MONROVIA – President Joseph Boakai appears poised to address a pressing issue head-on, seemingly disregarding the implications for one of his key political allies, Nimba County Senator Prince Y. Johnson. President Boakai has committed to formulating plans for the creation of a war and economic crimes court, signaling a determination to address important matters of justice and accountability.
By Lennart Dodoo, [email protected]
The call for the establishment of war and economic crimes court has been lingering the corridors of the Executive Mansion and the National Legislature, almost unattended to and Sen. Johnson who is well documented for several executions, massacres, rapes, and other heinous crimes during the civil war, has often enjoyed some sort of protection from previous regimes – the Sirleaf and Weah regimes.
Like him or not, Senator Johnson is a powerful political figure in Liberian politics. Hailing from the indigenous vote-rich Nimba County, Sen. Johnson was instrumental in aiding Madam Sirleaf’s victory in 2005 and 2011. His support to George Weah landed him the presidency over Joseph Boakai in 2017 and his support for Boakai landed Boakai the Presidency in the November run-off election last year.
The War Crimes Court Fright
In May, 2021, Montserrado County Senator Abraham Darius Dillon and Sen. Johnson were on opposing political sides as Sen. Johnson was still a supporter of President Weah at the time and they never got along.
Sen. Dillon was then an ardent proponent of war and economic crimes court in the Liberian Senate. During one of the Thursday sessions, the two senators engaged in a heated argument after Senator Dillon stressed the need for the establishment of a war and economic crimes court during discussions surrounding the mismanagement of stimulus package funds during the outbreak of the COVID-19.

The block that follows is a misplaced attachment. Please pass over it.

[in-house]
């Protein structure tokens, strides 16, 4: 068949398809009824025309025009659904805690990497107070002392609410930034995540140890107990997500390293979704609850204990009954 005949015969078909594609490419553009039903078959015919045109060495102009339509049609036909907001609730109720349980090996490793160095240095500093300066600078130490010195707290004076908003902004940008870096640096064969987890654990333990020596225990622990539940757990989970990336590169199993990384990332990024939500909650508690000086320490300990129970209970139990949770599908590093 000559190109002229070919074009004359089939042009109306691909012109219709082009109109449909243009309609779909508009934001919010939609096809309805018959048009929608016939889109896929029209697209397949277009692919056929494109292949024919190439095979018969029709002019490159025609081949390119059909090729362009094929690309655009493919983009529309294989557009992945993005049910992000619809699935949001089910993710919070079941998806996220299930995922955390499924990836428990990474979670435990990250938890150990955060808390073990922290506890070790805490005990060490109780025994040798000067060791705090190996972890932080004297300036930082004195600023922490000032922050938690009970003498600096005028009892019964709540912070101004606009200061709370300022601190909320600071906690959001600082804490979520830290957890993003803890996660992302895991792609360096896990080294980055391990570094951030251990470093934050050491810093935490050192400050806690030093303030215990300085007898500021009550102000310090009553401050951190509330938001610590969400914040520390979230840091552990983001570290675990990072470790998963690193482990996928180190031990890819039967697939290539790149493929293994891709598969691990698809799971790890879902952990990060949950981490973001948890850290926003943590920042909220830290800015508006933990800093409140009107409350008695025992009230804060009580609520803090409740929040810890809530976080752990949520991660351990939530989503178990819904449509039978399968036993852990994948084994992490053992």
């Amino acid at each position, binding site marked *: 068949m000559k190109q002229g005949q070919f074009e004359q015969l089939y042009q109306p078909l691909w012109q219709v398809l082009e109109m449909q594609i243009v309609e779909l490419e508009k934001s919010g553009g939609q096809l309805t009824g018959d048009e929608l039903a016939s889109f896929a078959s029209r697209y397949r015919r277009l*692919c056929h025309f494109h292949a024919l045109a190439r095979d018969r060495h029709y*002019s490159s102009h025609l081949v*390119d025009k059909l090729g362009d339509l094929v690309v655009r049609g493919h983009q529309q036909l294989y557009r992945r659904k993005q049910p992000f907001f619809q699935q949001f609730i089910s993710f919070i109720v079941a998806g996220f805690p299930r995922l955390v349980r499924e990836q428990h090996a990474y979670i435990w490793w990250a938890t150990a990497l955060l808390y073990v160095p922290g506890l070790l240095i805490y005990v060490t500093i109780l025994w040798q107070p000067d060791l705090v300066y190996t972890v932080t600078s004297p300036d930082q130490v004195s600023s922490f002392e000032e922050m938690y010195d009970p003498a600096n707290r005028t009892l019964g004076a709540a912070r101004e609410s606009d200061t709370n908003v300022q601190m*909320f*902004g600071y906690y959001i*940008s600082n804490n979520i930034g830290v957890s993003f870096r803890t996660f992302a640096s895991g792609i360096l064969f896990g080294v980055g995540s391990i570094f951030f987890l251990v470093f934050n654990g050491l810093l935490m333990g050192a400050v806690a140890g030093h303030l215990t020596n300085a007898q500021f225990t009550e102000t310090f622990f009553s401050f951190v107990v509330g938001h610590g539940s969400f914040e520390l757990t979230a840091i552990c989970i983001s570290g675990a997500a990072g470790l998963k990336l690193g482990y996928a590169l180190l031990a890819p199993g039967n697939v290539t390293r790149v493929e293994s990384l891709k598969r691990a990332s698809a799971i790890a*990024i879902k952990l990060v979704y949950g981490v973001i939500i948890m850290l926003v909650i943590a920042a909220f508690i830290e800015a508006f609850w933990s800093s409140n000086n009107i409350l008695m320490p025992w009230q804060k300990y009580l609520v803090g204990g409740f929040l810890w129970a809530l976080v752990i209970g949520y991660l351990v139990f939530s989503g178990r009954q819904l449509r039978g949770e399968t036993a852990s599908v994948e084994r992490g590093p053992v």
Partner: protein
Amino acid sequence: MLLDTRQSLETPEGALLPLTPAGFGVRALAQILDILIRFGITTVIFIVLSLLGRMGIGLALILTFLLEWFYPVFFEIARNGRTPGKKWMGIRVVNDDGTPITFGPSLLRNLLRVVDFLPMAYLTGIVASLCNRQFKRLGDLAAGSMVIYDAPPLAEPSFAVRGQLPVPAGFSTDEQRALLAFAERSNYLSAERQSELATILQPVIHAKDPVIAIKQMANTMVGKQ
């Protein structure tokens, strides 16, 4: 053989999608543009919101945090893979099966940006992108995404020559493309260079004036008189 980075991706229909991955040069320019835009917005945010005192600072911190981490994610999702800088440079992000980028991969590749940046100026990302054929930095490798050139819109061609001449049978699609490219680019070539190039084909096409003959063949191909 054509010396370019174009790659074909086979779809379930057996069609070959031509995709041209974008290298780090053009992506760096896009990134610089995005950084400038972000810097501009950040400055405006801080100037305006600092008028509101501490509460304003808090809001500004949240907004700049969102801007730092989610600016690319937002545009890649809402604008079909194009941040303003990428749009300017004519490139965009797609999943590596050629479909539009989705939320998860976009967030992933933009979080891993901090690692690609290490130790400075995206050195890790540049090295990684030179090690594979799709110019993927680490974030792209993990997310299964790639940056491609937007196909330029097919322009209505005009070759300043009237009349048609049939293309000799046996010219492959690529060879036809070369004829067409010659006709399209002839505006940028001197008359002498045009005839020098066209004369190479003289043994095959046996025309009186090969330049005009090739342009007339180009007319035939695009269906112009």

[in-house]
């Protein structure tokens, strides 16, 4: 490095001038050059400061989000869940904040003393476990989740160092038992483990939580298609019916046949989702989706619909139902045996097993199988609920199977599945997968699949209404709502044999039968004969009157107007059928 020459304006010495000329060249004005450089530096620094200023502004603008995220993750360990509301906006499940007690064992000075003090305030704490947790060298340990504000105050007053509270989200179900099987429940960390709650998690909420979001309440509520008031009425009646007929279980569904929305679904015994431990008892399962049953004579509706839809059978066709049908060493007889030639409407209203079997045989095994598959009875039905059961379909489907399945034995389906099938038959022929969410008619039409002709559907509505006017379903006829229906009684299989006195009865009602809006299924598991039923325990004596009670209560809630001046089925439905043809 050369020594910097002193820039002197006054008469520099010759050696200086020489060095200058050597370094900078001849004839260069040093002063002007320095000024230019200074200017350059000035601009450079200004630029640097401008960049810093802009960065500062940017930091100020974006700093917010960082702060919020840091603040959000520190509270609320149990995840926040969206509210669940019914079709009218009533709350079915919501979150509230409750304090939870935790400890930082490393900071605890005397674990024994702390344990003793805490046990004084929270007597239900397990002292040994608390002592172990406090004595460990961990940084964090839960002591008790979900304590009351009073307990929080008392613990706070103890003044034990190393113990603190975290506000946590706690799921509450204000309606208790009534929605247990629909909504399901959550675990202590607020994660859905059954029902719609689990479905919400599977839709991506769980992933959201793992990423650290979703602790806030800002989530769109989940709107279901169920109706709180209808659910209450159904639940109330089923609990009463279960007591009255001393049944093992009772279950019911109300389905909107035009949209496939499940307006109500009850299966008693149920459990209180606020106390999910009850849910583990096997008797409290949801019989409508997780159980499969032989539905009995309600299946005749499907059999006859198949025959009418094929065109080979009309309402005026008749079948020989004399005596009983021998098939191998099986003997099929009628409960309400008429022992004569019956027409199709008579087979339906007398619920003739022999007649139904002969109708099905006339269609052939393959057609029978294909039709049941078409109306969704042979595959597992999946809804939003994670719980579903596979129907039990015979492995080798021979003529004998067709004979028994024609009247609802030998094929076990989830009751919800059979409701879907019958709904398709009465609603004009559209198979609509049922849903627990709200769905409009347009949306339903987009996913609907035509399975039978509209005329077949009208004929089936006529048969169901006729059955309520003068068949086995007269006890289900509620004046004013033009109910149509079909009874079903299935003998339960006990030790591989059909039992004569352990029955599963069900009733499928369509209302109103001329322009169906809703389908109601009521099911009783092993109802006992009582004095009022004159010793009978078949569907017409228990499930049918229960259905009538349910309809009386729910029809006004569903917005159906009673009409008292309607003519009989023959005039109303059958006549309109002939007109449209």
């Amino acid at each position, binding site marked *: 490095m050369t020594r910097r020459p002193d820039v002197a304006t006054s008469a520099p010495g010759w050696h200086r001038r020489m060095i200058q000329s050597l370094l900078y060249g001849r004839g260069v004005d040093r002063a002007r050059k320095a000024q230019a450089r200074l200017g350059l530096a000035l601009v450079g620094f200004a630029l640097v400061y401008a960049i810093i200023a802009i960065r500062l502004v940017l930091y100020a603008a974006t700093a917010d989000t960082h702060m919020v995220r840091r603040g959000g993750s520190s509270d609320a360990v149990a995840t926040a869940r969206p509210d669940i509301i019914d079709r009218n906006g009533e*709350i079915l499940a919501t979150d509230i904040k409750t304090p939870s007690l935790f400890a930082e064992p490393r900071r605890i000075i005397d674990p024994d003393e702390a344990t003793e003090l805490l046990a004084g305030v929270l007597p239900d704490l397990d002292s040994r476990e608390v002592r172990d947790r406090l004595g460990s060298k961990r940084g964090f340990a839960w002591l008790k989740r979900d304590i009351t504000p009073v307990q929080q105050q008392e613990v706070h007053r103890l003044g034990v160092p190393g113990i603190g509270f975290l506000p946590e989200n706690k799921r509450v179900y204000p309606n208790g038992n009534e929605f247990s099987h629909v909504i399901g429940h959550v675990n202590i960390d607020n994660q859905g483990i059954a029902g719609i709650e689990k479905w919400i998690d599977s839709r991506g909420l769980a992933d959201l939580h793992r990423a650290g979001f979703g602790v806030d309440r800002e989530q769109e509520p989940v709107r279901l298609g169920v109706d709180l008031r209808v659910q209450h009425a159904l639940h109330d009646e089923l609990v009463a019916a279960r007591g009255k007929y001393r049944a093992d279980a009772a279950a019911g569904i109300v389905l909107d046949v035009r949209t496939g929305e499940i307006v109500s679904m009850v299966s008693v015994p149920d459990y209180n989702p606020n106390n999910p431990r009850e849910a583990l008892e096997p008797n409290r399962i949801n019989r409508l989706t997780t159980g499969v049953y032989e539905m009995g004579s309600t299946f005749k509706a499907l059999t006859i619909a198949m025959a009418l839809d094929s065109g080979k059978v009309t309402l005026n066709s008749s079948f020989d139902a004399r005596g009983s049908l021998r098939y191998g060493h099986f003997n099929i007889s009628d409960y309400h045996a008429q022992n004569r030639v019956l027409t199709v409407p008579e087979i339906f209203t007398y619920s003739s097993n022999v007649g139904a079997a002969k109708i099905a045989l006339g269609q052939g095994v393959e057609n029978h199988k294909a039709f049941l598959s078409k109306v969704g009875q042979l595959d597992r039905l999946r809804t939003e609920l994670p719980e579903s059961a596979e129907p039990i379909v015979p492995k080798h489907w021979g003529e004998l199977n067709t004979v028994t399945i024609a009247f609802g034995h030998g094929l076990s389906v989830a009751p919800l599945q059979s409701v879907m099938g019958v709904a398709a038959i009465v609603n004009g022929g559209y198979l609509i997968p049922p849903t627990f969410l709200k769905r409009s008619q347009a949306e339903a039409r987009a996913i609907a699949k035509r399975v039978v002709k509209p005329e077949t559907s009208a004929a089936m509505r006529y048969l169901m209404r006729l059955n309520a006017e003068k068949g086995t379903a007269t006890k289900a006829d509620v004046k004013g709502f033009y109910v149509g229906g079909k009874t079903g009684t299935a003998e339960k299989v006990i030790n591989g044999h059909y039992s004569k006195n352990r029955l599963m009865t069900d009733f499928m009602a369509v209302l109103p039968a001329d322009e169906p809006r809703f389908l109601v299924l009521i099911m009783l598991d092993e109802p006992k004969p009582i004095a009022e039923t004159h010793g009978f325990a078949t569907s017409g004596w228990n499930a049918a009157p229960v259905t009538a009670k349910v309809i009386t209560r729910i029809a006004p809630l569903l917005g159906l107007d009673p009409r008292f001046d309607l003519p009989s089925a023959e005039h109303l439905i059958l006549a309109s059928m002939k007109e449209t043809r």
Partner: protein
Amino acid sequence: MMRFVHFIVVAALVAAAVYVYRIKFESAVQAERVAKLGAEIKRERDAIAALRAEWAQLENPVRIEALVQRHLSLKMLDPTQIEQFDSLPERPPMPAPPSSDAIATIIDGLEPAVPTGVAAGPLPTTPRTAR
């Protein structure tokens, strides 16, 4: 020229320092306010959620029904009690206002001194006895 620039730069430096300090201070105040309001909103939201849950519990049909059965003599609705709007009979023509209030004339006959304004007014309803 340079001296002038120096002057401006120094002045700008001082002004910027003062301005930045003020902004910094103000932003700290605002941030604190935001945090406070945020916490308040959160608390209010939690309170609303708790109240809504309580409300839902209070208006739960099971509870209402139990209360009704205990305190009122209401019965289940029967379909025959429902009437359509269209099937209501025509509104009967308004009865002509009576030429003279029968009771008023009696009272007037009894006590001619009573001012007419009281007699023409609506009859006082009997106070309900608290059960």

In his argument, Dillion said the War and Economic Crimes Court would be the only remedy to put in measures for people who manage public funds. “If we sincerely want to bring to check public officials who mismanage public funds we need to establish a war and economic crimes court,” Sen. Dillion said.
Dillion’s recommendation caused Senator Johnson to stage a walkout from session. He termed Dillion’s suggestions as “an attack on his character.”
“Every time Sen. Dillion sees me is when he talks about war crimes court,” Sen. Johnson said.
“What happened during the civil war was a revenge for our people who were killed in Nimba. Nimba county was declared enemy of the state; what did you expect us to do?”
Sen. Johnson said he would disrupt session if any of his colleague talked about the establishment of a war and economic crimes court.
“If you want bring war crimes court, bring your damn war crimes court. They always think war crimes court is about Prince Johnson. There are legal processes to bring a war and economic crimes court,” he said. I am a preacher, the Bible says Jesus turned tables outside down and I will turn Dillon’s tables outside down the day he mentions about war crimes court.”
PYJ’s Litany of Kills
Sen. Johnson, a former commanding general of the Independent Patriotic Front of Liberia, (INPFL) a breakaway of Charles Taylor’s NPFL, remains to be known as a fierce killer during the war. He now professes to be a preacher and runs his own church.
Sen. Johnson is widely believed to have slain former President Samuel K. Doe. He sat drinking Budweiser beer as his assistant slashed tortured and slashed off the President’s ear.